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Last Updated: Friday, 11 April, 2003, 16:01 GMT 17:01 UK
A tame Congress on the cards
Sean McCague skilfully steered the GAA through some difficult moments
Sean McCague will be replaced by Kerryman Sean Kelly

This weekend's Annual GAA Congress is Belfast looks likely to be a relatively tame affair.

With the contentious Rule 42 issue not on the agenda after a blunder which saw a motion on the Croke Park issue ruled out of order, there appear to be no major hot potatoes to handle.

Motions to have match bans as opposed to time duration suspensions will be debated and will benefit the association if passed.

The main development of the weekend will be the installation of president-elect Sean Kelly who will take over from Sean McCague.

The Monaghan man will hand over the reins to Kerry native Kelly on Saturday afternoon.

Kelly has the reputation of having more liberal tendancies than the conservative McCague so many feel that the days of Rule 42 are numbered.

Over the last two years, the Kerry man has been on record as pointing out the heavy costs of the Croke Park redevelopment.

However, some doubt whether Kelly has the force of personality to force through a change which although it may be a financial imperative, would annoy the old guard.

Irish Prime Minister Bertie Ahern
Bertie Ahern: Had many dealing with Sean McCague

McCague, would doubtless play down the claim, but the legacy of his reign for most will be the removal of Rule 21 in November 2001.

Political realities meant McCague couldn't afford to take major plaudits from within the association for the move but he deserves credit for having had the courage to lance the boil.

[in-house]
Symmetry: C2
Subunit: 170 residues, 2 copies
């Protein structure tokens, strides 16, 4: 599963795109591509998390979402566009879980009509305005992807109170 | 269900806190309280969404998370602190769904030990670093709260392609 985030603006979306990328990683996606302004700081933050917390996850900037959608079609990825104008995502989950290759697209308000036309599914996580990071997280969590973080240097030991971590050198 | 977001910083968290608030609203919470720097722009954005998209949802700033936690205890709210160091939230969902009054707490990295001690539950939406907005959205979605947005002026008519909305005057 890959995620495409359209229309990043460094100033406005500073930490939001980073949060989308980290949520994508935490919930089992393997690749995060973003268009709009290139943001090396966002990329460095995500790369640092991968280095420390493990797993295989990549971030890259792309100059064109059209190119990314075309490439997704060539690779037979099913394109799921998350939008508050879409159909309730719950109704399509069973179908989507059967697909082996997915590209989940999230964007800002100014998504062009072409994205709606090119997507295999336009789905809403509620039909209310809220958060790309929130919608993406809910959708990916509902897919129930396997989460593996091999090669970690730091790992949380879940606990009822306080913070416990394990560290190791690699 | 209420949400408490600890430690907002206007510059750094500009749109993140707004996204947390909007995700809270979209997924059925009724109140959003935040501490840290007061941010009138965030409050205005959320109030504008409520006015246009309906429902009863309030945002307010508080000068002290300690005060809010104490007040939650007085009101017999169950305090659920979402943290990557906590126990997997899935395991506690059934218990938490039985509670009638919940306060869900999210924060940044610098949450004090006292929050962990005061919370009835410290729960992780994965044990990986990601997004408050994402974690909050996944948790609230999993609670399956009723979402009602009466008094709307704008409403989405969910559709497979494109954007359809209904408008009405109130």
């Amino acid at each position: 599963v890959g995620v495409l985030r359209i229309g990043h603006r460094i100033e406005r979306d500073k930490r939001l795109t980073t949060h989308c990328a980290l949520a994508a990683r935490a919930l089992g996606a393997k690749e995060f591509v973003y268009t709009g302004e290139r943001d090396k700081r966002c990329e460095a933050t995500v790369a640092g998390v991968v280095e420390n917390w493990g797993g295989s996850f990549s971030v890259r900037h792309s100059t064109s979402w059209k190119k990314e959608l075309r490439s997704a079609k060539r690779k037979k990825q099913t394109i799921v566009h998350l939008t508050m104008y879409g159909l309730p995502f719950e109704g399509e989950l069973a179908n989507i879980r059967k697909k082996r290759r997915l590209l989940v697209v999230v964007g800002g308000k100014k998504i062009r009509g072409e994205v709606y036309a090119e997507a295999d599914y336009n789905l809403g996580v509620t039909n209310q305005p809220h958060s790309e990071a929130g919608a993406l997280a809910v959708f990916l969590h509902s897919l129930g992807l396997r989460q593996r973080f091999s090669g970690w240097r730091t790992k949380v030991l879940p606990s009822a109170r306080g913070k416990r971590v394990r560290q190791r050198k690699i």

McCague's presidency was marked by strength with the Monaghan man quite able to mix it with the Irish Government on occasions while still leaving himself wriggle room.

The events of Congress 2001 probably marked McCague's high point when he somehow managed to convince Bertie Ahern to pledge 76 million Euro to aid the Croke Park redevelopment.

As it transpired, a mere 38m materialised as the Celtic Tiger ran out of steam and the Stadium Ireland project hit terminal trouble.

McCague's refusal to play ball with the Irish Government over their outlandish plans to host Euro 2008 annoyed Mr Ahern.

Dara O Se affair

However, McCague's stance was predictable given that the Taoiseach had forgotten to ask the GAA in advance whether Croke Park would be available for the competition.

McCague bravely railed against county boards who found it convenient not to enforce suspensions on star players ahead of major games.

The Dara O Se affair last summer indicated that there was still work to do which hopefully will be rectified at this weekend's Congress.

All in all, even those who don't agree with many of McCague's core beliefs have to admit that his three years was a skilful stewardship of the association.

Congress starts at the Europa Hotel on Friday afternoon and continues through to Saturday evening.

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